Pepperl+Fuchs Blog

Sensing Clear Objects with Photoelectric Sensors

Posted by Tom Corbett on Mon, Mar 03, 2014

Sensing or counting clear objects using a standard photoelectric sensor can be difficult.  That’s because standard photoelectric sensors are not sensitive enough to detect the small attenuations in light that clear objects cause.  To accurately sense glass or plastic bottles, clear packaging, or even transparent films, Pepperl+Fuchs offers special wide-beam diffuse sensors and also advanced retroreflective models, designed specifically for sensing clear objects.

Using Sensors to See Clear Objects
Wide-beam diffuse models, also known as divergent, are available in our popular ML100-8-W Series, along with the small, self-contained 4 mm smooth KT9 and 5 mm threaded KT11 Series.  The special wide-beam pattern of divergent models spreads out over the clear object or material rather than burning through.  These models are particularly well suited for sensing media cases, clear or semitransparent webs, and even clear or colored shrink-wraps.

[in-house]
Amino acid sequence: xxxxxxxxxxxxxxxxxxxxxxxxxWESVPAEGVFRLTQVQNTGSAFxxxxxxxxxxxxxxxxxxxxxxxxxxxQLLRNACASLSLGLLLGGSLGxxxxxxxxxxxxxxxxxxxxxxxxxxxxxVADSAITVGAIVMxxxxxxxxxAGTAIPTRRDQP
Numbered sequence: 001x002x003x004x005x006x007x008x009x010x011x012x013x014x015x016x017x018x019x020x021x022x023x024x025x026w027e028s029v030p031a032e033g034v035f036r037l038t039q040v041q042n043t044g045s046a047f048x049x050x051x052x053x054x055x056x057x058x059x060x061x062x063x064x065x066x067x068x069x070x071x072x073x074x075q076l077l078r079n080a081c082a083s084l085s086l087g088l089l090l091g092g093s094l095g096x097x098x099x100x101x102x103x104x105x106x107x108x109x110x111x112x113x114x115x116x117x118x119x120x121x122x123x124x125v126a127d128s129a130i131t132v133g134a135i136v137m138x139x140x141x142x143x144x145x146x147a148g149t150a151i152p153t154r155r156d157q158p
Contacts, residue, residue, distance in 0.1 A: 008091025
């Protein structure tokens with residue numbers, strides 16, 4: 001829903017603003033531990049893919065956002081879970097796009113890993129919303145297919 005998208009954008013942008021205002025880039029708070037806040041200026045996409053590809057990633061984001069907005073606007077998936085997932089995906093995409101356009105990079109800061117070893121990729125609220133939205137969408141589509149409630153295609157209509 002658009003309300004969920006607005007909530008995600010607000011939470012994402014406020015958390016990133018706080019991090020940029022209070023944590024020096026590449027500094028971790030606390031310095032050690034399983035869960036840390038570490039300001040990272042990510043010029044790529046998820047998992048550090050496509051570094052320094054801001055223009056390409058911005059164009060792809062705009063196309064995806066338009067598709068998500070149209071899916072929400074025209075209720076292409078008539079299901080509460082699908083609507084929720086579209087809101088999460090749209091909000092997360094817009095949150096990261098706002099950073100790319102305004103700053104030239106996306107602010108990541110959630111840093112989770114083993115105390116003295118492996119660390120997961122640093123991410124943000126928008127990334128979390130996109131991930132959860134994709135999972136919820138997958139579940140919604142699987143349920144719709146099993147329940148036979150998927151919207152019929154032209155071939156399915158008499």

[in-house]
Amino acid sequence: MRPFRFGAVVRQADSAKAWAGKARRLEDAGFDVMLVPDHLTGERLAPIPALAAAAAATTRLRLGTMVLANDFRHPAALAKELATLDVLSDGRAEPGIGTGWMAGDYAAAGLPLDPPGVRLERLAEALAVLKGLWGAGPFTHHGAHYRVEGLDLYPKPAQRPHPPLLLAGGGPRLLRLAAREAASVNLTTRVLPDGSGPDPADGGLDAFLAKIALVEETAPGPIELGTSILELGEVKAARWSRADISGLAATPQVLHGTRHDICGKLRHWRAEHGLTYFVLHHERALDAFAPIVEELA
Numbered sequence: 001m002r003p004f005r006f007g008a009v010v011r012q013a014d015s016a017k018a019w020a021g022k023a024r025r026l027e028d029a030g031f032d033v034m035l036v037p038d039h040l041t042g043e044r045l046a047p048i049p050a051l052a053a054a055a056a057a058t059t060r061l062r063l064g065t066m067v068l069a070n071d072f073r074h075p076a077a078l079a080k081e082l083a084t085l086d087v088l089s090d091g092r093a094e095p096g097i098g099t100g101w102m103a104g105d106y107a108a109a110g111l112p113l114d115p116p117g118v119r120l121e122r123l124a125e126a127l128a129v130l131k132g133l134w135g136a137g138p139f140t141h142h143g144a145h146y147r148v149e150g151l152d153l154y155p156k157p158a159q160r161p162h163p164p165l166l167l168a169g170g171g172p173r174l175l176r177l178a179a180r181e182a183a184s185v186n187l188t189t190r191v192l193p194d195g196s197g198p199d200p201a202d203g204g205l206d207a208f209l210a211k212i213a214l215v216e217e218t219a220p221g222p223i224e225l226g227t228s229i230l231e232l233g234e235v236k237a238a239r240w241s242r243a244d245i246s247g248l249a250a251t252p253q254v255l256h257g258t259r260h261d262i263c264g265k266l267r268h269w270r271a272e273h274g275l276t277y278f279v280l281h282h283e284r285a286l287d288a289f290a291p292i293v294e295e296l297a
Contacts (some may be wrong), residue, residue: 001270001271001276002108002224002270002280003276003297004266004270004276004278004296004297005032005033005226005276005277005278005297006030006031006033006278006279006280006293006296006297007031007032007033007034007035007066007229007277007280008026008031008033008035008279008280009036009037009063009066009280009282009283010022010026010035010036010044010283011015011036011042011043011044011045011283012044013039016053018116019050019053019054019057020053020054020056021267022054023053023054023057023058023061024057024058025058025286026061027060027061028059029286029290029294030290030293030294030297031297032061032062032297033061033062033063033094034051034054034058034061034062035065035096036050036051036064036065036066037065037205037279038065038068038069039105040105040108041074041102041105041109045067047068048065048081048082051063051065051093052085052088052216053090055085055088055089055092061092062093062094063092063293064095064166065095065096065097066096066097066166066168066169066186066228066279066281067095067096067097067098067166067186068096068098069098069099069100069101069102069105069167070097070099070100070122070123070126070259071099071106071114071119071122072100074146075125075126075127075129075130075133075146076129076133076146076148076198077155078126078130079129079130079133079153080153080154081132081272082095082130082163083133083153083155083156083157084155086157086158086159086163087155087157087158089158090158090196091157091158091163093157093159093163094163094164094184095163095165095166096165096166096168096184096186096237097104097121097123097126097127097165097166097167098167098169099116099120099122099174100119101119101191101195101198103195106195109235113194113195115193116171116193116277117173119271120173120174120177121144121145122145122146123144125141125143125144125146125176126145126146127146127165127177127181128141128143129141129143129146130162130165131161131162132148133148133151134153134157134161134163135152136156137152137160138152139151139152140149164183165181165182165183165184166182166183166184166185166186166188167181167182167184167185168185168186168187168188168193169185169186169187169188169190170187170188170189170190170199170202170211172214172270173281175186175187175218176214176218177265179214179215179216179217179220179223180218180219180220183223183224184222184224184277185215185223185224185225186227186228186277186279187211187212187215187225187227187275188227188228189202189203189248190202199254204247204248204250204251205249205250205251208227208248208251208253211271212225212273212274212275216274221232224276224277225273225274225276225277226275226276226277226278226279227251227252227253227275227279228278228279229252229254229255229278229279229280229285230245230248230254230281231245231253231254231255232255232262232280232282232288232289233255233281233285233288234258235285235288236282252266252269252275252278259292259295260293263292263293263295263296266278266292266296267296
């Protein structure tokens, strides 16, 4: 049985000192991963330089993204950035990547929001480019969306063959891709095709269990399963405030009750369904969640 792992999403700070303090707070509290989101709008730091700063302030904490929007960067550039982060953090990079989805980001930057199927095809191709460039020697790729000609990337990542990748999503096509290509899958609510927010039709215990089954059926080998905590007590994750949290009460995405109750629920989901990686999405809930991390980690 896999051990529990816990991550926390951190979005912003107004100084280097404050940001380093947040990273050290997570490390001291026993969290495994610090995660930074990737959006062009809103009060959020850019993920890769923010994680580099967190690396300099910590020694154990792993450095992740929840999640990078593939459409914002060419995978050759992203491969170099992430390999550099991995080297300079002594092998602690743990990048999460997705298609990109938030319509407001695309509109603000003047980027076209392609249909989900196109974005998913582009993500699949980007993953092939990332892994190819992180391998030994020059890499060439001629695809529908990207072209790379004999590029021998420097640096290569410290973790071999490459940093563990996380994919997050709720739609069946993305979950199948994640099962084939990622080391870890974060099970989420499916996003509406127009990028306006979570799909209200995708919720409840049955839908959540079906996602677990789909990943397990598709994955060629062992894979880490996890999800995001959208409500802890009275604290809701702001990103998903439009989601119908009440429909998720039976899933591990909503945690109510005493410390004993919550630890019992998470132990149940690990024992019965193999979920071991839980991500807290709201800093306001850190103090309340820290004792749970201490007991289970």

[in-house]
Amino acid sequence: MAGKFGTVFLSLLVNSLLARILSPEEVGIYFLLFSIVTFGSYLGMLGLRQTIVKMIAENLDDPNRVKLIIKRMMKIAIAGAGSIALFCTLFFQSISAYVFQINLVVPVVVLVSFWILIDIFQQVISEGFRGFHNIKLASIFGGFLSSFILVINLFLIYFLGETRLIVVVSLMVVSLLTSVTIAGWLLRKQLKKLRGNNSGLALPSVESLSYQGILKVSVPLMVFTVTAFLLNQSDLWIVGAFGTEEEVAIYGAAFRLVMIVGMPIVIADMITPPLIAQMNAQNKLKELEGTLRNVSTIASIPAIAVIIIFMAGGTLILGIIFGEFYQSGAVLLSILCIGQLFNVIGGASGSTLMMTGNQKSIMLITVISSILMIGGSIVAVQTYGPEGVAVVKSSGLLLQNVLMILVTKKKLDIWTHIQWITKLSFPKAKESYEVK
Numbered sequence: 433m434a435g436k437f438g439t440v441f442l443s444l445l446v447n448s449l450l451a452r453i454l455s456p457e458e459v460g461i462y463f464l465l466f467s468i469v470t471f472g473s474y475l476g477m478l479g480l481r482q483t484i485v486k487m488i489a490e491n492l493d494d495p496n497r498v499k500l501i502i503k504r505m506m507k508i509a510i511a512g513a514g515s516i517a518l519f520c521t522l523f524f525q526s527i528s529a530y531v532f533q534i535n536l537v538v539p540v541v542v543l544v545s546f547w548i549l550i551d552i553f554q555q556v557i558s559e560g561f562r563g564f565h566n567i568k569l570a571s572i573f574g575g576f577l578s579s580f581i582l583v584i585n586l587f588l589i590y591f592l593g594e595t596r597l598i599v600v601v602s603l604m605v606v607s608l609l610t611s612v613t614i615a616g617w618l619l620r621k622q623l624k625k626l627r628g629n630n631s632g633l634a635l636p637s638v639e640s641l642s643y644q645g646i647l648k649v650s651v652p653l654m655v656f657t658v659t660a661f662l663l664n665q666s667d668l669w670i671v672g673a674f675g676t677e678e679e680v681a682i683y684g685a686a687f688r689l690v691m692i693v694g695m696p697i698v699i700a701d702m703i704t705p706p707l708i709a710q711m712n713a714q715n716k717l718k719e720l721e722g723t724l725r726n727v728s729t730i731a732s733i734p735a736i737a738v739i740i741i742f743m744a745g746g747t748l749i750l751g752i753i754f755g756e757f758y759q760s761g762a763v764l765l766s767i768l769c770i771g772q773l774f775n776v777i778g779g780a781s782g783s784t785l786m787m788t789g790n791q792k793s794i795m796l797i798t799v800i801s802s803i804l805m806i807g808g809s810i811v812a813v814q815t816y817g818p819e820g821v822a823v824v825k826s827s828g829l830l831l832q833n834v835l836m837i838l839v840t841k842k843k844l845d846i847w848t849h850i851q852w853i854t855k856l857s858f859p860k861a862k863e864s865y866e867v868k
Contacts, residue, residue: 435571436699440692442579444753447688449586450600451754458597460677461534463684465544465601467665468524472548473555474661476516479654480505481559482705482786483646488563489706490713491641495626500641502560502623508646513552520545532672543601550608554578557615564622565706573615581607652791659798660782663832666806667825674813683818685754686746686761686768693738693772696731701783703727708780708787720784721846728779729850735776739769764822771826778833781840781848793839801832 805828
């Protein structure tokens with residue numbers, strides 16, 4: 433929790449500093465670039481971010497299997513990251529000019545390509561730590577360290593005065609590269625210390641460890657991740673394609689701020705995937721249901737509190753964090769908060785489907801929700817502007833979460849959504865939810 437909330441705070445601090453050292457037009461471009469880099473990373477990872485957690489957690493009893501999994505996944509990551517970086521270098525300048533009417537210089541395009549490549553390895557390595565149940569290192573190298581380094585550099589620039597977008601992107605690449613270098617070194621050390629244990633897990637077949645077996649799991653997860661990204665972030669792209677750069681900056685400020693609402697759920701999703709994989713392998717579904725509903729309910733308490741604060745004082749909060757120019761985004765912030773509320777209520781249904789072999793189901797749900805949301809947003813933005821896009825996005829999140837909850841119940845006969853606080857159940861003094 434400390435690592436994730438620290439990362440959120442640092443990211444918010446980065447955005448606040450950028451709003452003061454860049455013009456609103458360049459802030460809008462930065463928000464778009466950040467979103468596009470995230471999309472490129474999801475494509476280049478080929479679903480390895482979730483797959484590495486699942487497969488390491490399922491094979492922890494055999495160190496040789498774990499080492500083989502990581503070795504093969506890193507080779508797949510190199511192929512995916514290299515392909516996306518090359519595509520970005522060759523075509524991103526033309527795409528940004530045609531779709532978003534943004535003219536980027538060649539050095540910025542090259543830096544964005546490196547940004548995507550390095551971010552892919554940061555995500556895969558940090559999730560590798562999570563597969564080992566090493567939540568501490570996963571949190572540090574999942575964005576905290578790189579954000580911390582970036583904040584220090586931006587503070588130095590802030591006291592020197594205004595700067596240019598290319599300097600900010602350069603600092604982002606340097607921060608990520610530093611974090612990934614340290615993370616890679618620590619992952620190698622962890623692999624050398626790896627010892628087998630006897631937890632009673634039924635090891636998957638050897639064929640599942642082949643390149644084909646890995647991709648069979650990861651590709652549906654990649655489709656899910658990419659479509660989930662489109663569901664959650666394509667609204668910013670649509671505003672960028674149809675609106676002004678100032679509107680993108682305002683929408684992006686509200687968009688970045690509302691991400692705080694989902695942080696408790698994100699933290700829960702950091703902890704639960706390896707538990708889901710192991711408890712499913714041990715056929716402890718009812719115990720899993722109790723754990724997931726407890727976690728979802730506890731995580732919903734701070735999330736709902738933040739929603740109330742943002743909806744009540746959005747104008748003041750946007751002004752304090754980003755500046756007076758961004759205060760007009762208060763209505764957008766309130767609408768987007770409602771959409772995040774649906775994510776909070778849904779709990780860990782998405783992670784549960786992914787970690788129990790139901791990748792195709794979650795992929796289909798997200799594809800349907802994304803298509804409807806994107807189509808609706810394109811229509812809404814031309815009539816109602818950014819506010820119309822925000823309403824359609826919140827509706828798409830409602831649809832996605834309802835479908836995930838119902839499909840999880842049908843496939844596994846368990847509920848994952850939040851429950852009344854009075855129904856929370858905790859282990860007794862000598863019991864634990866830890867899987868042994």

More advanced models, like the 18 mm threaded GLV18 Series and the rectangular, subminiature ML6 and compact MLV12 Series, use a reflector and are taught the amount of light returned to the sensor without a target present.  A special low-hysteresis circuit in these series can detect even small changes in the amount of returned light that the presence of clear objects cause.  Clear glass or PTE bottles, along with clear shrink-wraps and semitransparent trays or cartons are applications that can be solved using these retroreflective models for clear objects.

If you're interested in learning more about this topic, check out my article "Using Sensors to See Clear Objects," as published in the February issue of Design World magazine.

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Topics: Applications, Photoelectric Sensors

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